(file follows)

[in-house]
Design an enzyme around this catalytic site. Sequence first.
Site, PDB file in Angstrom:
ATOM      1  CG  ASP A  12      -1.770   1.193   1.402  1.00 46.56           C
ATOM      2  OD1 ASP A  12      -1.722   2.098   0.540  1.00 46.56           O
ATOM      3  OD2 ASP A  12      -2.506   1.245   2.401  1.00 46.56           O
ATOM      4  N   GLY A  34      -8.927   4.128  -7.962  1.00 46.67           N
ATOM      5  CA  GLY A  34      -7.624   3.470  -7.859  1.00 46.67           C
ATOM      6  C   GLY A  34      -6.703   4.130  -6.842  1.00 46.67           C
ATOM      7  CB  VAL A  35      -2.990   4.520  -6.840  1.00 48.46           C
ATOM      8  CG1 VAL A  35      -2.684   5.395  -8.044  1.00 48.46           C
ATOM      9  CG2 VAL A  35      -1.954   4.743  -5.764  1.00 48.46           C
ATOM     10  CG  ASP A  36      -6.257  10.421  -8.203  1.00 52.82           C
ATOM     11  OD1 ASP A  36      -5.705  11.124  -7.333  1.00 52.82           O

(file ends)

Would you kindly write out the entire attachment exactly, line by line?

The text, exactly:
[in-house]
Design an enzyme around this catalytic site. Sequence first.
Site, PDB file in Angstrom:
ATOM      1  CG  ASP A  12      -1.770   1.193   1.402  1.00 46.56           C
ATOM      2  OD1 ASP A  12      -1.722   2.098   0.540  1.00 46.56           O
ATOM      3  OD2 ASP A  12      -2.506   1.245   2.401  1.00 46.56           O
ATOM      4  N   GLY A  34      -8.927   4.128  -7.962  1.00 46.67           N
ATOM      5  CA  GLY A  34      -7.624   3.470  -7.859  1.00 46.67           C
ATOM      6  C   GLY A  34      -6.703   4.130  -6.842  1.00 46.67           C
ATOM      7  CB  VAL A  35      -2.990   4.520  -6.840  1.00 48.46           C
ATOM      8  CG1 VAL A  35      -2.684   5.395  -8.044  1.00 48.46           C
ATOM      9  CG2 VAL A  35      -1.954   4.743  -5.764  1.00 48.46           C
ATOM     10  CG  ASP A  36      -6.257  10.421  -8.203  1.00 52.82           C
ATOM     11  OD1 ASP A  36      -5.705  11.124  -7.333  1.00 52.82           O